Elevation: 17,260 feet (5,260 m)
Photo source: Wikimedia Commons
This behemoth is North America’s ninth highest peak and Canada’s fourth highest. William King, a commissioner of the International Boundary Commission and director of the Dominion Observatory, is the mountain’s name. This mountain, which is located in Yukon Territory, is extremely frigid and unfriendly, which is likely one of the reasons it has only been climbed three times.
In 1952, four University of Alaska students became the first to summit Kings Peak. Their supplies were airdropped near the Ogilvie glacier, which was the starting point for their ascent of the peak. Their journey was hampered by a two-day snowstorm, which tragically resulted in one of the climbers sustaining a knee injury. He was unable to reach the top as a result of this, but his friends were able to complete the expedition while he remained in camp.
Elevation: 16,972 ft (5,173 m)
Photo source: Utah.com
This mountain, named after Sam Steele, a police officer during the Yukon Gold Rush, is notorious for being exceptionally harsh and difficult to reach. Those conditions, however, did not deter Walter Wood and his team from ascending the summit in 1935. The weather delayed their progress, with their initial effort being thwarted and their successful attempt requiring them to travel on all fours for much of the trek.
One of the largest landslides in Yukon Territory history occurred on this peak. A tremendous amount of rock, ice, and snow careened down the slope of the mountain at an estimated 157 mph on July 24, 2007. Fortunately, no one was hurt as a result of the unlivable conditions around the mountain.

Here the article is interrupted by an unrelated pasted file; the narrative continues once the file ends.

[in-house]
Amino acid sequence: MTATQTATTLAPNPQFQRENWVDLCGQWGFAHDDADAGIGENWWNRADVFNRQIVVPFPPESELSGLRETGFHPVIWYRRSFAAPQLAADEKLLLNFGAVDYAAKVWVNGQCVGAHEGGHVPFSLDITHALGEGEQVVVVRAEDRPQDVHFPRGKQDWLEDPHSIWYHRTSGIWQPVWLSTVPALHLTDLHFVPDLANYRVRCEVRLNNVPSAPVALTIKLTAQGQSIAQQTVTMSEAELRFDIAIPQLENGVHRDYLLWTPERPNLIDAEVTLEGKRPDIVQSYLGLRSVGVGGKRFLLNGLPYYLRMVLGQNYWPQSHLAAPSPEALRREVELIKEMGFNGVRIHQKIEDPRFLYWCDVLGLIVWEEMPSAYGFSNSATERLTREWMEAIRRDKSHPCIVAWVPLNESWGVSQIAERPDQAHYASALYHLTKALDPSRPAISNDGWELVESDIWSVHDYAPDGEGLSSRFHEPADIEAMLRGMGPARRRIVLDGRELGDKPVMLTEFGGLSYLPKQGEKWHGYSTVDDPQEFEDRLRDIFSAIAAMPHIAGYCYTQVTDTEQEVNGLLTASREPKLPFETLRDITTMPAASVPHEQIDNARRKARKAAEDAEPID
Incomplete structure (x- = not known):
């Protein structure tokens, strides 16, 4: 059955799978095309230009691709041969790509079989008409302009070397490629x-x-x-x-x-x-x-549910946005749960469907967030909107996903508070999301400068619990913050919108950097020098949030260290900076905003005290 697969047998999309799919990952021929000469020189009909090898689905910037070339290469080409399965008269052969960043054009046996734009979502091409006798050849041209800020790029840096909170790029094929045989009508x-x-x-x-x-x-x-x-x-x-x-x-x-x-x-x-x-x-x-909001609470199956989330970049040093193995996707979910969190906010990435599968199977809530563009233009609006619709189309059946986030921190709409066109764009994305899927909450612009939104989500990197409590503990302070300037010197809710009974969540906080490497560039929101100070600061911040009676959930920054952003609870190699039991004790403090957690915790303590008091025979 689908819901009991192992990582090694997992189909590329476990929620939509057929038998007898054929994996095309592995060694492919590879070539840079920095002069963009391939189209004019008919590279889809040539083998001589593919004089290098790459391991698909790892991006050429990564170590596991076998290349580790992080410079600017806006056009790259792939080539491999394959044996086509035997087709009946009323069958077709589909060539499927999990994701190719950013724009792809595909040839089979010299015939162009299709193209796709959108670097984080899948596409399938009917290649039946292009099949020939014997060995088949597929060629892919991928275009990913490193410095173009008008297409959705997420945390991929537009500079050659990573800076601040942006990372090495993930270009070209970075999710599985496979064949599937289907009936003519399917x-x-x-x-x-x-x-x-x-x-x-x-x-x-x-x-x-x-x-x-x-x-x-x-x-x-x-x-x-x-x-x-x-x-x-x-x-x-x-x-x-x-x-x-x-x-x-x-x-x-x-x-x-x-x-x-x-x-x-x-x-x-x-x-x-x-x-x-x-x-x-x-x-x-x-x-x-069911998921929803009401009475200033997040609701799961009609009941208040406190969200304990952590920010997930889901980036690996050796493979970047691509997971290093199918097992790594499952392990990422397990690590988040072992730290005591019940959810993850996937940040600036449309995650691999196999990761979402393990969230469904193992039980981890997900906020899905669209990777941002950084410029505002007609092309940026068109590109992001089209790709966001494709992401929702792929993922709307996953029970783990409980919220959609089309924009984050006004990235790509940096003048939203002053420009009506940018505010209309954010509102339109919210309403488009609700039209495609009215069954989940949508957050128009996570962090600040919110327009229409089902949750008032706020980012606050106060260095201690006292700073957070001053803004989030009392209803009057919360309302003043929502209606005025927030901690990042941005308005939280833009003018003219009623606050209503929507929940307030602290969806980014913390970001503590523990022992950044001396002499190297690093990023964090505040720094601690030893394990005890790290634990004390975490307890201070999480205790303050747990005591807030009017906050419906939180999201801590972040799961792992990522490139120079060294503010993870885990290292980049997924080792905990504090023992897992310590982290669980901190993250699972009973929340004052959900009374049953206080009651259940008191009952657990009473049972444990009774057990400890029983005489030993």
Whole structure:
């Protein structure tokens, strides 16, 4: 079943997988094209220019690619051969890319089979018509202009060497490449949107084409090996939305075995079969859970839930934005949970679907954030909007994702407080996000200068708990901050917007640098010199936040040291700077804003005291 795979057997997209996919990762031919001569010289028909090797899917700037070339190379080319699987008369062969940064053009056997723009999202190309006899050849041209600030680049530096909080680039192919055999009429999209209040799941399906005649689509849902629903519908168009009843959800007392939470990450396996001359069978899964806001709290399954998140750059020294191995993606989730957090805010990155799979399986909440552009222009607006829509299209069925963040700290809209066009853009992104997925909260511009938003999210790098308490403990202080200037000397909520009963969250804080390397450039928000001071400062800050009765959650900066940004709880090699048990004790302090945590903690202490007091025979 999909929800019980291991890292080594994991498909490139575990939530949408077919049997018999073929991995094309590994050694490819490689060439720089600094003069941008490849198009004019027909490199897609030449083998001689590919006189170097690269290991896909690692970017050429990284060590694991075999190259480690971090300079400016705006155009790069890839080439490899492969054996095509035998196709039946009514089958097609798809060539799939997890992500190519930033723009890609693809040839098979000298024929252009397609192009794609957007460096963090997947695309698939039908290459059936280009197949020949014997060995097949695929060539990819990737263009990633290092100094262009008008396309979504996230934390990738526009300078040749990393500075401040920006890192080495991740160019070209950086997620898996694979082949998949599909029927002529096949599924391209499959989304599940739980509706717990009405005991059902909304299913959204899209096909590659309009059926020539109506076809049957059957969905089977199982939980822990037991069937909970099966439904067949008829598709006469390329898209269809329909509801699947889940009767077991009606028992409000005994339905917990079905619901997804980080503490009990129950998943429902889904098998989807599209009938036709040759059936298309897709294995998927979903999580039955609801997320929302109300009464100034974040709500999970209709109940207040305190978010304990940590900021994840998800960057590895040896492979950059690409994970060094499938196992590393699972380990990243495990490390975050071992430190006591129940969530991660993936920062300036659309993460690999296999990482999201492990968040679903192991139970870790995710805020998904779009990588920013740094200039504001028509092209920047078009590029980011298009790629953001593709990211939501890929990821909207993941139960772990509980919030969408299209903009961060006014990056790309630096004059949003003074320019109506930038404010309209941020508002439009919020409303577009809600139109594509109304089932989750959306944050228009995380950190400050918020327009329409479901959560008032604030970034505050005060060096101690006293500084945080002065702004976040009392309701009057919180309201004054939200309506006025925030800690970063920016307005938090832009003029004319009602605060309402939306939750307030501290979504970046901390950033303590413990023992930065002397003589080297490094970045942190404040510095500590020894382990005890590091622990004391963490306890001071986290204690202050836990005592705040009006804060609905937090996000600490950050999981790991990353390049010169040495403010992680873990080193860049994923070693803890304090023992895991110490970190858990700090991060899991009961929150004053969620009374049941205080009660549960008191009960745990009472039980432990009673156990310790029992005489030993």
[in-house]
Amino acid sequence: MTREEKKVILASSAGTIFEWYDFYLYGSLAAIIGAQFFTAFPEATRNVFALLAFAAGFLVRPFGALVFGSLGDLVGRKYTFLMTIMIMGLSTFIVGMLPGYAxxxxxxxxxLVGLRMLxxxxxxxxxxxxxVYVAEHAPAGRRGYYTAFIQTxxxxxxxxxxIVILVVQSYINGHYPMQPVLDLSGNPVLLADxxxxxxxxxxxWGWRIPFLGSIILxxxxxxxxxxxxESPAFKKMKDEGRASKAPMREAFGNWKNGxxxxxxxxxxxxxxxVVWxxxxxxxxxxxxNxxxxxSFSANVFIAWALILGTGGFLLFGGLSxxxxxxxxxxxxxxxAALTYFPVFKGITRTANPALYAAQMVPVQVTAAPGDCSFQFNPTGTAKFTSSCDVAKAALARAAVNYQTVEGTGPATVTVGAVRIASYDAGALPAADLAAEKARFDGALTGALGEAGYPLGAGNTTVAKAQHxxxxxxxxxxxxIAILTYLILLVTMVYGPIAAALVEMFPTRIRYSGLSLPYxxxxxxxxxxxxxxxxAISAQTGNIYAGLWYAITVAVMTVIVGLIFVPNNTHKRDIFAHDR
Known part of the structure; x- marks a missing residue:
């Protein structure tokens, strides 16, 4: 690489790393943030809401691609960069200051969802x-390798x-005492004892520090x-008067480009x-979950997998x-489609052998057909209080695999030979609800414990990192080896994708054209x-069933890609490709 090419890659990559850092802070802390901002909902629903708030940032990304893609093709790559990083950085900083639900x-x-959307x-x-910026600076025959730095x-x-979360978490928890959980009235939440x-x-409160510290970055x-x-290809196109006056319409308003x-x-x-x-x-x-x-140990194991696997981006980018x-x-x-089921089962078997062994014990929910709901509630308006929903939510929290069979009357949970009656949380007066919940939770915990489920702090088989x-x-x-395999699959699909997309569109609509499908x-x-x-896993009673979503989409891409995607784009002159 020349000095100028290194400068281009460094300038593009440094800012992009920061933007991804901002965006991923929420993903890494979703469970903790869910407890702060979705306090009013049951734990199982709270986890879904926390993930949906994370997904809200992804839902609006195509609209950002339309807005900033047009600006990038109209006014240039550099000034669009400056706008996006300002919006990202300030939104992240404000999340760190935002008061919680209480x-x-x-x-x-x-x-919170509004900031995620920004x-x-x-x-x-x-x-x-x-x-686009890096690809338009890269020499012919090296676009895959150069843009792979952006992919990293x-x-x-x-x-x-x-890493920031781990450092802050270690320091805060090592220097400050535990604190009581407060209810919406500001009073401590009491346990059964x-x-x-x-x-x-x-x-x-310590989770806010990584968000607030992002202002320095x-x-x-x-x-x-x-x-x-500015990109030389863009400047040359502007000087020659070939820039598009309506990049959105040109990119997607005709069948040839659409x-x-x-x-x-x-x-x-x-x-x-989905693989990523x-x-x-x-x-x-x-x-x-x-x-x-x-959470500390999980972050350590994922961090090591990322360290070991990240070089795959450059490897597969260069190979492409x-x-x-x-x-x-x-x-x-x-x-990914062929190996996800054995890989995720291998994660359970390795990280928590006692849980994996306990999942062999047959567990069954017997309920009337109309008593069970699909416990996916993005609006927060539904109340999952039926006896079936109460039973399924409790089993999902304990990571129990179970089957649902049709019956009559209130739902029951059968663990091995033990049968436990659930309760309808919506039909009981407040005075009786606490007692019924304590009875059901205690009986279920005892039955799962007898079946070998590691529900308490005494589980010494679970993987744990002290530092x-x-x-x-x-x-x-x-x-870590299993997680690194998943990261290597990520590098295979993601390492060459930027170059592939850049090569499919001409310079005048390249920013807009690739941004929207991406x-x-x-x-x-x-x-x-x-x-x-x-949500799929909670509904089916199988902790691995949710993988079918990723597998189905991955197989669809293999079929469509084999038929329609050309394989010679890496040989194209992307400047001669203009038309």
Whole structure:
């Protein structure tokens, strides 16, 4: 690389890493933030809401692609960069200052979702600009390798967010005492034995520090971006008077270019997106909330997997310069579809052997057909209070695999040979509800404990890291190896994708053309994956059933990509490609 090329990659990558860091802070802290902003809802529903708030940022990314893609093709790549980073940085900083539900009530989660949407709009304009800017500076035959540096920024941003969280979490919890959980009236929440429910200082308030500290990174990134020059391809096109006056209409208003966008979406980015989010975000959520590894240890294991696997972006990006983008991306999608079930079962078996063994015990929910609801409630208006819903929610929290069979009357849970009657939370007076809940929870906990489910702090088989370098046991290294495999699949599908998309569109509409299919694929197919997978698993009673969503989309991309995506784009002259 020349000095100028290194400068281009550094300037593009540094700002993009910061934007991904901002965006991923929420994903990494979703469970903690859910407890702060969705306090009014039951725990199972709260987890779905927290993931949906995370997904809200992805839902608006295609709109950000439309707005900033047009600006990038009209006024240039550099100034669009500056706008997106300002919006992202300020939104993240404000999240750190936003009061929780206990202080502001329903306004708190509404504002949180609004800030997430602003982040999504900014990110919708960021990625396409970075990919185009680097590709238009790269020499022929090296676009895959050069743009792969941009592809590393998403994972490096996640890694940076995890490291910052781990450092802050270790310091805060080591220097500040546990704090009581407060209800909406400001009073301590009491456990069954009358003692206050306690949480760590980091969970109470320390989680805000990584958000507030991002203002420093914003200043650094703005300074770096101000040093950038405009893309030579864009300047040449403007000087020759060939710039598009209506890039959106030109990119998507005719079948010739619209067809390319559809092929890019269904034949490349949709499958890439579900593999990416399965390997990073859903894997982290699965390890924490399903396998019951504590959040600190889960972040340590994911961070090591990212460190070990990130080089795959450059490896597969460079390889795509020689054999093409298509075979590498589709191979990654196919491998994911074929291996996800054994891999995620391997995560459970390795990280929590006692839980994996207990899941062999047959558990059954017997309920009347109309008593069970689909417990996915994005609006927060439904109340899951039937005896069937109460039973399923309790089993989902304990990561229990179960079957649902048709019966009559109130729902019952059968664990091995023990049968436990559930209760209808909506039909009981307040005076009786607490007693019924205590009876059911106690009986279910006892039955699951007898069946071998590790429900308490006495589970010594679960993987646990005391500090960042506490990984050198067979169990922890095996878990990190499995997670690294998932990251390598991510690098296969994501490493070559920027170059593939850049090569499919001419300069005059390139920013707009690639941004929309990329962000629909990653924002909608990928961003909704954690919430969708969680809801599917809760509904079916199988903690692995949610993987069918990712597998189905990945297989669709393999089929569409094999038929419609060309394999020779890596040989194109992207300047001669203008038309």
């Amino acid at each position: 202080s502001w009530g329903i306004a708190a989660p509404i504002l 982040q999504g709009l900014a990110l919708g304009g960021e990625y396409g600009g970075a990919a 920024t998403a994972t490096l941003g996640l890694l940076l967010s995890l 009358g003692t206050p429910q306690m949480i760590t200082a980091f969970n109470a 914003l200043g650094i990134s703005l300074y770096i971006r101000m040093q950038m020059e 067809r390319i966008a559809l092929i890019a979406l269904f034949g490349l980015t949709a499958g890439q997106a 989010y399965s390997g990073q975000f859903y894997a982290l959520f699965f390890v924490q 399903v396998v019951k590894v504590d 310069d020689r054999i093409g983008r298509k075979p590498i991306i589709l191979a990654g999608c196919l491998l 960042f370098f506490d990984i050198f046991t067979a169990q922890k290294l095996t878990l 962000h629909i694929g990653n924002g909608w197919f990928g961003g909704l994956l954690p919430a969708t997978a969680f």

Mount Steele climbs to #5 on the list of Canada’s tallest peaks. It is the tenth highest peak in North America and is located in the center of Yukon. Steele, along with Lucania, constitutes a massive ice massif that covers over 90 square kilometers and is home to numerous glaciers, including Walsh and Chitina. Mt. Steele, like the rest of the St. Elias Mountains, is very young, severely glaciated, and highly dynamic, making it more prone to avalanche. The rock and ice avalanches on Mt. Steele in July 2007 are thought to be one of the greatest in Western Canada.
Elevation: 16,644 ft (5,073 m)
Location: Kluane National Park, Yukon
Photo source: Georgia Straight
This Yukon Territory peak is not to be confused with Mount Wood in the United States. This mountain has had no major climbs and very little is known about it.
The mountain was named after Zachary Taylor, which is a nice fact. The first to ascend this highly glaciated summit were Walter Wood, Anderson Blakewell, and Albert Jackman. Mt. Wood, on the other hand, is named after a Canadian geographer, not Walter Wood. Wood was the commissioner of the North West Mountain Police Department. James McArthur, the first to climb numerous peaks in the Yukon Territory, gave it this name.
Mount Wood, Canada’s seventh highest mountain, can be seen all the way from Donjek River Bridge on the Alaska Highway. It is located on the northern boundary of Kluane National Park and is also known as Wood Peak. Only planes have access.
Elevation: 15886 feet (4,842 m)
Location: Kluane National Park and Reserve
Photo source: Peakbagger
Mount Vancouver is the eighth highest Canadian mountain and the fifteenth tallest in North America, straddling Glacier Bay National Park and Preserve in Alaska and Kluane National Park and Reserve in Yukon.
This peak is massive, rising nearly 3000 meters above the icefield. It was first climbed in 1949 and has only had 5-6 major ascents since then. On a north-south sloping crest, Mt. Vancouver has three summits, one of which, Good Neighbor Peak, is located on the international border.
Captain George Vancouver, a British Royal Navy officer who explored the southeast coast of Alaska from 1792 to 1794, was named after it by H. Dall in 1874. Walter Wood and his group became the first to reach the summit of Mount Vancouver. During the 1967 centennial expedition, where several summits were climbed and named for the first time, Good Neighbor Peak was given its name.